The APA’s vision statement includes the phrase: “Its vision is a society that has available, accessible quality psychiatric diagnosis and treatment”. Sadly, transgender and gender variant individuals often do not have available and accessible treatment.
The APA joins the American Medical Association and the American Psychological Association in recognizing the critical importance of access to care for transgender persons.
At its July meeting, the American Psychiatric Association’s Board of Trustees voted to endorse position statements in support of access to care and civil rights for transgender individuals.
The APA’s official positions:
Therefore, the American Psychiatric Association:
1. Supports laws that protect the civil rights of transgender and gender variant individuals
2. Urges the repeal of laws and policies that discriminate against transgender and gender variant individuals.
3. Opposes all public and private discrimination against transgender and gender variant individuals in such areas as health care, employment, housing, public accommodation, education, and licensing.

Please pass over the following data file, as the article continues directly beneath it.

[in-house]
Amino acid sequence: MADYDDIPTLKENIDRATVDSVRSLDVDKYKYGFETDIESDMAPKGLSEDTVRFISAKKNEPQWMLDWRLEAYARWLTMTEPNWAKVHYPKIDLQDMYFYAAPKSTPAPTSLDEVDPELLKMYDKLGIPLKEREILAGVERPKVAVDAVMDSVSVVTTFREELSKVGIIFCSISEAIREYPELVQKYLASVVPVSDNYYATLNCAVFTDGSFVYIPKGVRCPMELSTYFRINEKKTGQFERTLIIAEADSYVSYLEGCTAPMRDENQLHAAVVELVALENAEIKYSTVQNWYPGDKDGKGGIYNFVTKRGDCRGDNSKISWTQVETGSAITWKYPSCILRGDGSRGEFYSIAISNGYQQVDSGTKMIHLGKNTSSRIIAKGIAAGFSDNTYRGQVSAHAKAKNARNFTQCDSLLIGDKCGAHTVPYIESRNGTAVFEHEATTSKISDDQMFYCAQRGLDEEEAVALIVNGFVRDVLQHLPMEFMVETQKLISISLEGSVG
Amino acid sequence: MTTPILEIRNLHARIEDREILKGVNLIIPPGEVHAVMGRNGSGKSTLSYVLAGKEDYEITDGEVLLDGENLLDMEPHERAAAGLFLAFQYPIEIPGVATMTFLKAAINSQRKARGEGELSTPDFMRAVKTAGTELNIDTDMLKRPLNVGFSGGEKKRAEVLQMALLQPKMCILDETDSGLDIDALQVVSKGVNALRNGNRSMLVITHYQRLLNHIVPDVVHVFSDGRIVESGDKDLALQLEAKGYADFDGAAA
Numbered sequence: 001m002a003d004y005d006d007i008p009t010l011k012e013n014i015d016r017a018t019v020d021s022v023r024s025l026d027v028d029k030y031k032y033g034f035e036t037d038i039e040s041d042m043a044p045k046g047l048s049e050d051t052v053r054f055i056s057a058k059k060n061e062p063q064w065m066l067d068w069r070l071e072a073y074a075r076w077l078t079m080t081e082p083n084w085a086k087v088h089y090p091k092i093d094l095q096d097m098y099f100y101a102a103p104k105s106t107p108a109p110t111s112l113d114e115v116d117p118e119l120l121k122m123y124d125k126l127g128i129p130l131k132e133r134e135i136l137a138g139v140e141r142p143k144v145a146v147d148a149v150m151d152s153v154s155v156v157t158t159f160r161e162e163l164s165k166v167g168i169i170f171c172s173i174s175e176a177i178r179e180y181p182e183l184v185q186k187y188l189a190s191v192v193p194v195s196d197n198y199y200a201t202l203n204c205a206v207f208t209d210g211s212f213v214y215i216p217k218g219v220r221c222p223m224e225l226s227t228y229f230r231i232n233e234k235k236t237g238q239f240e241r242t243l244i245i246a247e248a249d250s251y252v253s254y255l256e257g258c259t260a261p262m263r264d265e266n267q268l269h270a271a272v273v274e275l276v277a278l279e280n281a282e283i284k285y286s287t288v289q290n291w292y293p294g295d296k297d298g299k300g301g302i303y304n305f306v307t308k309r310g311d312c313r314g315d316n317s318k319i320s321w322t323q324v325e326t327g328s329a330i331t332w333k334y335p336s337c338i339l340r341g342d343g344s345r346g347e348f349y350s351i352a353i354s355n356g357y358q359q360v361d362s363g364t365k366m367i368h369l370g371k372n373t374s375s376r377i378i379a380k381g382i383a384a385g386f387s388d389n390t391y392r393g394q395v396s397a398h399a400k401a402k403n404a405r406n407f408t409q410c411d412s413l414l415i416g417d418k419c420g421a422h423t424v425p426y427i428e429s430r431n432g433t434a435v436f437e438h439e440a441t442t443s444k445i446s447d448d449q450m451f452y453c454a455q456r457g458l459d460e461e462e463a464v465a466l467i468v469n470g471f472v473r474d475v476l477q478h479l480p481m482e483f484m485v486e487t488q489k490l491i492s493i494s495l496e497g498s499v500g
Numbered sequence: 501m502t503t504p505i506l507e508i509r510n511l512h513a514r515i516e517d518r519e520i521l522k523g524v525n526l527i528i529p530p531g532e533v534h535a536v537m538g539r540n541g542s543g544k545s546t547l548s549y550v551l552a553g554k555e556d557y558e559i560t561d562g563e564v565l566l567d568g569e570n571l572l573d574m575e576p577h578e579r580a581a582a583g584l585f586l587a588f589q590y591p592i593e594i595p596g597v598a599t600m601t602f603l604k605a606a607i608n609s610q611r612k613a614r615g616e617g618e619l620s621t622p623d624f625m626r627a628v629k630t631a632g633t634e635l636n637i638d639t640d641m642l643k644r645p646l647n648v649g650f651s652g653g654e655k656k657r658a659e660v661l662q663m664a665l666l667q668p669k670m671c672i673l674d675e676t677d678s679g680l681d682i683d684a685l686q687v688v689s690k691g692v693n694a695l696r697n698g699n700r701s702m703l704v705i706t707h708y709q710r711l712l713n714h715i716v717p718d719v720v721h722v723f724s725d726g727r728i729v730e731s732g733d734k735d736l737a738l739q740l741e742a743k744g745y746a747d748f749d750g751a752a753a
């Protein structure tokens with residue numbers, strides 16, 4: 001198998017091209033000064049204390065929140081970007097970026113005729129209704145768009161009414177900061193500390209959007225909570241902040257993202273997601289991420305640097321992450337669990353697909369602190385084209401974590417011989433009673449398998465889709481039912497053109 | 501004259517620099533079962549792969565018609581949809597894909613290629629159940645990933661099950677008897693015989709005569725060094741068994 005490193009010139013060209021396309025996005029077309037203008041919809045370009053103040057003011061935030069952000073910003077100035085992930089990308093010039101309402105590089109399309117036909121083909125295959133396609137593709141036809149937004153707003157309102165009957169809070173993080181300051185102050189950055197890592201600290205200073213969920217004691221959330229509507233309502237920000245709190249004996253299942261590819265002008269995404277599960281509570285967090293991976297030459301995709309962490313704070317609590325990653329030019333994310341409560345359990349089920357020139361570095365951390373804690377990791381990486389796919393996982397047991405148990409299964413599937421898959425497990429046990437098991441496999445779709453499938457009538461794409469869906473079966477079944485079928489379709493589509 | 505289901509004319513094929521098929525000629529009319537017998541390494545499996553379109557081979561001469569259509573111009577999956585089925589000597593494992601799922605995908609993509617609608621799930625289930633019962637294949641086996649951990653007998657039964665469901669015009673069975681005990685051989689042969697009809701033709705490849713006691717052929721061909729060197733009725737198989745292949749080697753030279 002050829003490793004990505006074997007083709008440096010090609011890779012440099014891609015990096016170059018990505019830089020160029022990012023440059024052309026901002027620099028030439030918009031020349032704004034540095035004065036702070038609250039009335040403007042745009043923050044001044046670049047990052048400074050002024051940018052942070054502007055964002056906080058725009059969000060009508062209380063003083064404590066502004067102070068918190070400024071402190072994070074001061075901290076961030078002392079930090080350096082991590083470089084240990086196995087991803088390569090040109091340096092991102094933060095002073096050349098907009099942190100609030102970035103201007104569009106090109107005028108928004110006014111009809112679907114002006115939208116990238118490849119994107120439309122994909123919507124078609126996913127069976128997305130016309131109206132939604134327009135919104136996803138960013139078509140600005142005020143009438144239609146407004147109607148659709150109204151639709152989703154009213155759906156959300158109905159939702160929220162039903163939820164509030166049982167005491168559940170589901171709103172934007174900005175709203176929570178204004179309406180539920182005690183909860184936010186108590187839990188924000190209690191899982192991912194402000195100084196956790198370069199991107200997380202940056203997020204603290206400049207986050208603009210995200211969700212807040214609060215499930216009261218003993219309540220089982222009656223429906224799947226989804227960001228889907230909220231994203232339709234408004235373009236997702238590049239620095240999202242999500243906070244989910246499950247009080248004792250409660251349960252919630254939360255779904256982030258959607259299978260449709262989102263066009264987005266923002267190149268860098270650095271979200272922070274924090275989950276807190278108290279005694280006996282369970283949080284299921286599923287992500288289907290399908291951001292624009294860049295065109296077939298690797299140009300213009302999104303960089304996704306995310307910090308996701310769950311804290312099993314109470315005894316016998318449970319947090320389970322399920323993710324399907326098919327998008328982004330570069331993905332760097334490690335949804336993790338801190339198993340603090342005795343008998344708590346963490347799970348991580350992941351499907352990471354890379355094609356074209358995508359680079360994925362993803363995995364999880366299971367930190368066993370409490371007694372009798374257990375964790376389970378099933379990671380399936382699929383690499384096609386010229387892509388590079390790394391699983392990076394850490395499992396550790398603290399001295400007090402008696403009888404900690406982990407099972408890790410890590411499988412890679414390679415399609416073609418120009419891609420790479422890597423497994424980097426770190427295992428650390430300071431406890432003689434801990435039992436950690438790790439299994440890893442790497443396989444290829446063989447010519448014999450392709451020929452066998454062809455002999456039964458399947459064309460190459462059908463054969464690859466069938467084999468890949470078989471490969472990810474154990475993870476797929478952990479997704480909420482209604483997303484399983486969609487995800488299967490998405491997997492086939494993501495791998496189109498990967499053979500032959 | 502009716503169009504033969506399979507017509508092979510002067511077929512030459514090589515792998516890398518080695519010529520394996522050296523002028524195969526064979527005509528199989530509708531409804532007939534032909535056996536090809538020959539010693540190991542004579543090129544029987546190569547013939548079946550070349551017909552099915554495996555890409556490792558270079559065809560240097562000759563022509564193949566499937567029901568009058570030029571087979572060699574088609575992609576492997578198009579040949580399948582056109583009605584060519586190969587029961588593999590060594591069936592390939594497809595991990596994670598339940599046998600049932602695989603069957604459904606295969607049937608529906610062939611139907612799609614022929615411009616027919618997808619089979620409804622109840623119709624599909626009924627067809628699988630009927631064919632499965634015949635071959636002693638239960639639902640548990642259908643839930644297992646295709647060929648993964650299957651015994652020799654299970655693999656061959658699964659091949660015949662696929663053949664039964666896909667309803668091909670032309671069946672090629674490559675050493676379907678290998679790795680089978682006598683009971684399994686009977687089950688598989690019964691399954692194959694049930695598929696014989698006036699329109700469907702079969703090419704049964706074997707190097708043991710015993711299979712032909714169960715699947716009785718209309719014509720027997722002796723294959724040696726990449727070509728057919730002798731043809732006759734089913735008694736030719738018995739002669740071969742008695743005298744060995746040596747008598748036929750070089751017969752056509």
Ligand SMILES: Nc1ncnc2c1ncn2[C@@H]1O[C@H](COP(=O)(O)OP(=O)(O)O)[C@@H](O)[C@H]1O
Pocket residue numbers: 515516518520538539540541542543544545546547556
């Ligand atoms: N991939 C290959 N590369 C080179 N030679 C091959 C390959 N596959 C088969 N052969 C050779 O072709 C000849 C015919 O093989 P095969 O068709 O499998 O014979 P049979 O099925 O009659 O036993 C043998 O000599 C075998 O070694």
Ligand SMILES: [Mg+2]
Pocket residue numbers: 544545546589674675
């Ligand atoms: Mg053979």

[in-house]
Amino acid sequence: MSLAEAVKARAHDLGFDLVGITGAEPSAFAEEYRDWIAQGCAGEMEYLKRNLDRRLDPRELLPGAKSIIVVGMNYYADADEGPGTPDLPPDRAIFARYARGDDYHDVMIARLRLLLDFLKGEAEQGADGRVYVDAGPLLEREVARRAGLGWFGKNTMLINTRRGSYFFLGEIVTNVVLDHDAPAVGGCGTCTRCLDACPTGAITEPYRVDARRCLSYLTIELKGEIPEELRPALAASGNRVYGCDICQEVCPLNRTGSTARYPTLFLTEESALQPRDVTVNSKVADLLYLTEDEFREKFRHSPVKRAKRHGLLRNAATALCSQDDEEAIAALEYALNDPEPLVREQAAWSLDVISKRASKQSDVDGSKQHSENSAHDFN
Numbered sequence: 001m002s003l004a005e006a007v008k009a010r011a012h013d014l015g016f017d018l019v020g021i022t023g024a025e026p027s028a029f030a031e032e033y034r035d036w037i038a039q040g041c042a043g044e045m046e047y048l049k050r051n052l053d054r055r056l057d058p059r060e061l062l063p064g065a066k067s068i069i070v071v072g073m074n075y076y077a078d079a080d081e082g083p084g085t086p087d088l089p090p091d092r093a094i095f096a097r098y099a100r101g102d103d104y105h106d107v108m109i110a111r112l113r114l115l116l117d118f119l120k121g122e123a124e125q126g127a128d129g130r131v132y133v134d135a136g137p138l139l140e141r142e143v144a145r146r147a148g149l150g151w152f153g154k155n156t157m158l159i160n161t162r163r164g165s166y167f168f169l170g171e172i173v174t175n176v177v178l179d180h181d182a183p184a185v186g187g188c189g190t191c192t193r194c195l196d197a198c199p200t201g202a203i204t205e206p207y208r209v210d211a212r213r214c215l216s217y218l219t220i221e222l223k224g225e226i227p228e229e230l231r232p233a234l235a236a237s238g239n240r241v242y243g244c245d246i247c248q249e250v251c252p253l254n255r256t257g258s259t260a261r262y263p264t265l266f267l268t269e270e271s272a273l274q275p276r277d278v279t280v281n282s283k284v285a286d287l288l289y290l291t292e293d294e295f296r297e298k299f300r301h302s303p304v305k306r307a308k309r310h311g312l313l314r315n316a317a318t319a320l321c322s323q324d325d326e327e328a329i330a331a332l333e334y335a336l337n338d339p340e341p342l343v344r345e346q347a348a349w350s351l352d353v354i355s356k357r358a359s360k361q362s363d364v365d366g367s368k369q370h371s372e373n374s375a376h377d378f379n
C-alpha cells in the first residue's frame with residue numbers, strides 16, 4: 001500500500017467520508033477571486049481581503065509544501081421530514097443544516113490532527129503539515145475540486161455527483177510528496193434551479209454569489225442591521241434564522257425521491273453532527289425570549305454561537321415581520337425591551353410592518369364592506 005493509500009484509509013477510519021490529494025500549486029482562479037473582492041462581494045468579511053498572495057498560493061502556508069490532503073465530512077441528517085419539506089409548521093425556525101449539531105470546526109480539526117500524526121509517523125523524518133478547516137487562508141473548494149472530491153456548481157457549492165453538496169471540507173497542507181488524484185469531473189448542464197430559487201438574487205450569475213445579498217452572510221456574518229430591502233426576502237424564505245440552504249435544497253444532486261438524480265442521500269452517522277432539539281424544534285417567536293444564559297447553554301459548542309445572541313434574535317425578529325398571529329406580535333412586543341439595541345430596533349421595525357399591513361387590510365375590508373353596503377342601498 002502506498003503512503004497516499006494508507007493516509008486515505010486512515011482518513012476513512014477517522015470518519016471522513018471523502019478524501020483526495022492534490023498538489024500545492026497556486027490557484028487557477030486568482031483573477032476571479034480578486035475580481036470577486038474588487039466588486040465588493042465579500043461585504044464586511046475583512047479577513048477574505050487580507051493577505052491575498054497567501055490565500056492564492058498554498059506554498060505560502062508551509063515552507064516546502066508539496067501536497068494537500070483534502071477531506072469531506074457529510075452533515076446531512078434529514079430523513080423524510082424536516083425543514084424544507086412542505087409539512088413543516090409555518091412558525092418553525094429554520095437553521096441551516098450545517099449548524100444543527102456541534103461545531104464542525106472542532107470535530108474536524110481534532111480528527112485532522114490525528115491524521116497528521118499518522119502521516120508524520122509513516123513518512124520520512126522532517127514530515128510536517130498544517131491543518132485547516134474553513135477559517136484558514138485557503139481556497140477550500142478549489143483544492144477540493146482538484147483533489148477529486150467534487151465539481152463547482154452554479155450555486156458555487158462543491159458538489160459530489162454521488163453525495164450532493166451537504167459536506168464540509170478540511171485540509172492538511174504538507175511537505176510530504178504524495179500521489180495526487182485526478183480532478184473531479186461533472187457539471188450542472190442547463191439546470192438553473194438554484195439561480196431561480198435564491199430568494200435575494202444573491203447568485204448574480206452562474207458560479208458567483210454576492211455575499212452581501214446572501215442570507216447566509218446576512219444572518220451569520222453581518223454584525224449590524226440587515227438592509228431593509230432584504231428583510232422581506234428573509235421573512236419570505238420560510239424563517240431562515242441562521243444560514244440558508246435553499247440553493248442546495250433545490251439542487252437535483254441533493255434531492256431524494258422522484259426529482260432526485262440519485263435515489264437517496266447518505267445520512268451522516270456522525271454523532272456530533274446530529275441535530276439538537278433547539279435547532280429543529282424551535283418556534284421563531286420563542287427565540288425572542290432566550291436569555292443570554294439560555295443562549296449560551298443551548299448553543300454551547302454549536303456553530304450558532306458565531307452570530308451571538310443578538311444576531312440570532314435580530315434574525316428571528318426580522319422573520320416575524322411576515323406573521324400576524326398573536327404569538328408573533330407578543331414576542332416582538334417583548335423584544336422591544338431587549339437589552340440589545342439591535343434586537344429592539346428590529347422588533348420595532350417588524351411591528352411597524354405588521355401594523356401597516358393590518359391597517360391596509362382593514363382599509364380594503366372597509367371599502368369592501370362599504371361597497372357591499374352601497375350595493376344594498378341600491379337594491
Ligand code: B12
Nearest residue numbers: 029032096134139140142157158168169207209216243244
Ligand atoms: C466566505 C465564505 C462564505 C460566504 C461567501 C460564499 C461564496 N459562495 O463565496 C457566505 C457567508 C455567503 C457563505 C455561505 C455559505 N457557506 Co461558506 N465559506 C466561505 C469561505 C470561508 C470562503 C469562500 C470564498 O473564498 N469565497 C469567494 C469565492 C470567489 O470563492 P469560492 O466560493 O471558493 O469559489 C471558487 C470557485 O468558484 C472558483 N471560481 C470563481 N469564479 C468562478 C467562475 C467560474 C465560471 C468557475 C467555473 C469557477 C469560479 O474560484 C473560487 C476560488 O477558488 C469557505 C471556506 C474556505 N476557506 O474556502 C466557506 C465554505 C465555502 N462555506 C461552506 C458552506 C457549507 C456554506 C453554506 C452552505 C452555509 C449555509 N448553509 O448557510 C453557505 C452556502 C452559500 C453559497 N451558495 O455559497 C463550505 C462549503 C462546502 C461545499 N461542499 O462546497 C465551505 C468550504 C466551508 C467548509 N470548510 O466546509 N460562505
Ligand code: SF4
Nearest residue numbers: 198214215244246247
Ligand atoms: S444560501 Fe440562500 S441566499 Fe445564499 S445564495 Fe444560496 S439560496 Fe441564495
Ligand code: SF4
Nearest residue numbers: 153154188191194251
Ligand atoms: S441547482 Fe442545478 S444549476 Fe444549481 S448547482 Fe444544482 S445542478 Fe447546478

4. Declares that no burden of proof of such judgment, capacity, or reliability shall be placed upon these individuals greater than that imposed on any other persons.
5. Recognizes that appropriately evaluated transgender and gender variant individuals can benefit greatly from medical and surgical gender transition treatments.
6. Advocates for removal of barriers to care and supports both public and private health insurance coverage for gender transition treatment.
7. Opposes categorical exclusions of coverage for such medically necessary treatment when prescribed by a physician
Advocacy is an important aspect of the APA’s work. In 2000, the APA announced its support of same-sex unions; in 2002 they announced their support of same-sex couples raising children.
Now, the APA’s support of civil liberties has extended to the transgender and gender variant communities.
Transgender individuals face serious discrimination, prejudice, and victimization from violent hate crimes. These individuals also struggle with legal issues, employment issues, and documentation issues.
At this point, transgender people have no federal protection against discrimination and are often denied medical and psychiatric care related to gender transition.
The mental health of transgender individuals suffers from little access to proper care. In the most recent survey of over six thousand transgender individuals, 41 percent reported having attempted suicide before.
This information was announced August 16th in the Psychiatric News Alert, the voice of the American Psychiatric Association.